## Cash Gap

Do you know your business’ Cash Gap? If you do, I applaud you. It is my experience you would be the exception. If you don’t, I encourage you to read on and begin to implement this important metric.

The Cash Gap refers to the time interval between the date when a company pays cash out for the inventory it purchases and the date it receives cash from customers for the same inventory. It involves three different financial measurements: the Receivables Period, the Days in Inventory, and the Payables Period. The formula is as follows: Receivables Period + Days in Inventory – Payables Period = Cash Gap (in days). The longer the time interval, the greater the likelihood it must be financed – which adds business risk and reduces profitability via interest expense.

The Receivables Period

The Receivables Period represents the average number of days it takes to collect invoices from your customers. This is typically calculated as Accounts Receivable divided by Average Daily Sales (annual sales divided by 365 or monthly sales divided by 30). For example, if your accounts receivable balance is \$200,000 at the end of the year and your sales for the year amount to \$3,650,000, your Receivables Period is 20 days [\$200,000/(\$3,650,000/365) or \$200,000/\$10,000].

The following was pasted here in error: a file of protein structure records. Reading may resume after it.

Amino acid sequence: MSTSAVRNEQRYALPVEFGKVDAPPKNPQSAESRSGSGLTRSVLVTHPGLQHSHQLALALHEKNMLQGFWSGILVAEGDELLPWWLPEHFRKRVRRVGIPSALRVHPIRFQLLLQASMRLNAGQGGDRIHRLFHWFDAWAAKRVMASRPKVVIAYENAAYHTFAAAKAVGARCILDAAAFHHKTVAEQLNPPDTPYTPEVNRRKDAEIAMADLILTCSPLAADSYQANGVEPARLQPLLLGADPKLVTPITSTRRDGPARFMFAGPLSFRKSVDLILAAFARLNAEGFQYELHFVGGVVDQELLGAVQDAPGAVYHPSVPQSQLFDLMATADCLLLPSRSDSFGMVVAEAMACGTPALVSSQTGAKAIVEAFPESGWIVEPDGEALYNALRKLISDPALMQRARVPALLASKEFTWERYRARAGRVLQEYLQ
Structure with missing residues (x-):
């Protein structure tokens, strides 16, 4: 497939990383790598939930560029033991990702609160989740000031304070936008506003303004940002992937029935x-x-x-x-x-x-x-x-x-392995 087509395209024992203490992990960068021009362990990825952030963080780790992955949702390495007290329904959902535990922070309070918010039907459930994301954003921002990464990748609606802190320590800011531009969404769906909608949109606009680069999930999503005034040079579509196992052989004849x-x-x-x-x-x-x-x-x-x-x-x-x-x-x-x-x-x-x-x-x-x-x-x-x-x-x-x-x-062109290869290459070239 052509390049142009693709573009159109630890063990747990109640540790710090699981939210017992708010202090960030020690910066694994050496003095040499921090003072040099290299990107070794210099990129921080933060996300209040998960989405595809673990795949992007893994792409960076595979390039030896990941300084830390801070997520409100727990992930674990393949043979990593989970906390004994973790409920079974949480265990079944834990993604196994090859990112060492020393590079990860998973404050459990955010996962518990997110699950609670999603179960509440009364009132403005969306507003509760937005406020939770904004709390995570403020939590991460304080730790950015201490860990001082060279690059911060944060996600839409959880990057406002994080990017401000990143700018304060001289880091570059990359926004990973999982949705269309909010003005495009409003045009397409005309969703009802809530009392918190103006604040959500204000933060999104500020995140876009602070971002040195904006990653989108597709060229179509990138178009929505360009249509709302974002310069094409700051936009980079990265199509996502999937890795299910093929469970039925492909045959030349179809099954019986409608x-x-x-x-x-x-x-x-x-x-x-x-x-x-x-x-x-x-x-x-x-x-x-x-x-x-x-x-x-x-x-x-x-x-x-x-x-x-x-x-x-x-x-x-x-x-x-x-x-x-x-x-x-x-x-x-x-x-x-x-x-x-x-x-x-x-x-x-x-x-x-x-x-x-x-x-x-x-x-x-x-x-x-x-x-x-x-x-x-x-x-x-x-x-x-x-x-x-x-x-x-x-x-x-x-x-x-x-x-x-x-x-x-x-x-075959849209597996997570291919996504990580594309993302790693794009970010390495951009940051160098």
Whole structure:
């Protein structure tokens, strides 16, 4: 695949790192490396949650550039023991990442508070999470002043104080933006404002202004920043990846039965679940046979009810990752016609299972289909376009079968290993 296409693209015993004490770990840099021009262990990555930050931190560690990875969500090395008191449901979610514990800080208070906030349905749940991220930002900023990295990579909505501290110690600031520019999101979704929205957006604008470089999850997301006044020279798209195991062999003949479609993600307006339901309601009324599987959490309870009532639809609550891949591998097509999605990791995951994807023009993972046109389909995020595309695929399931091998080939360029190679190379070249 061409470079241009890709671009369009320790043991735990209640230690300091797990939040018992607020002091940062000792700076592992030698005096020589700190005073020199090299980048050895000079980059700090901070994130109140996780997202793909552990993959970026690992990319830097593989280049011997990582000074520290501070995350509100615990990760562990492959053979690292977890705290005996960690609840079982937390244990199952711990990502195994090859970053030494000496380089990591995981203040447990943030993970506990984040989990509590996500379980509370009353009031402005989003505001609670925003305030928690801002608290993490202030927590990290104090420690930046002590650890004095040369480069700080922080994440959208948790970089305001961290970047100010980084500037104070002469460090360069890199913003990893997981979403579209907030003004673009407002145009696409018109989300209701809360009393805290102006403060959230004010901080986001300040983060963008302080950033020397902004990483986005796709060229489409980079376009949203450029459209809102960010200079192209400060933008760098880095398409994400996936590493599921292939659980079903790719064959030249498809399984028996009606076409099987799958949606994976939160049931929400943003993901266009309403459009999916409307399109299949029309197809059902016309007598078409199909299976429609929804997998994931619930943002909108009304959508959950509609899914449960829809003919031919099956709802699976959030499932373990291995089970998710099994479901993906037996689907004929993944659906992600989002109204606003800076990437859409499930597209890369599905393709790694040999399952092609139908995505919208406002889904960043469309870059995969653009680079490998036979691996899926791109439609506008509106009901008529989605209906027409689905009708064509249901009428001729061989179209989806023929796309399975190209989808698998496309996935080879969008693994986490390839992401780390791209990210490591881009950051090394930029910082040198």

Days in Inventory

The Days in Inventory represents the average number of days worth of sales are in the inventory your currently have on hand. This is typically calculated as 365 days (or 30 days if that is your measurement period) divided by inventory turnover. Inventory turnover is typically calculated as cost of sales divided by average inventory. For example, if your cost of sales for the year amount to \$2,400,000 and your average inventory (beginning inventory plus ending inventory divided by 2) is \$400,000, your inventory turnover is 6 times. Your Days in Inventory would be 61 [365 days divided by 6 (inventory turnover)].

The Payables Period

The Payables Period represents the average number of days it takes to pay your vendors for your inventory. This is typically calculated as Accounts Payable divided by Average Daily Purchases (annual purchases divided by 365 or monthly purchases divided by 30). For example, if your accounts payable balance is \$125,000 at the end of the year and your purchases for the year amount to \$1,825,000, your Payables Period is 25 days [\$125,000/(\$1,825,000/365) or \$125,000/\$5,000)].

Given the circumstances of this example, your Cash Gap would be calculated at 56 days (Receivables Period of 20 days plus Days in Inventory of 61 days minus Payables Period of 25 days). In other words, you are paying for the inventory 25 days after receiving the invoice but not collecting the receivable until 56 days later. Next, I’ll discuss ways to improve your Cash Gap, reduce your risk, and improve your profitability.

Knowing and understanding your Cash Gap is a great way to reduce your risk and improve your profitability. If you would like assistance in analyzing your company’s Cash Gap, or if you would like to learn how a part-time, virtual CFO can help transform your business using the Bible as our guide, email me at info@commonsensecfo.com or call Kirk at 402-658-7340.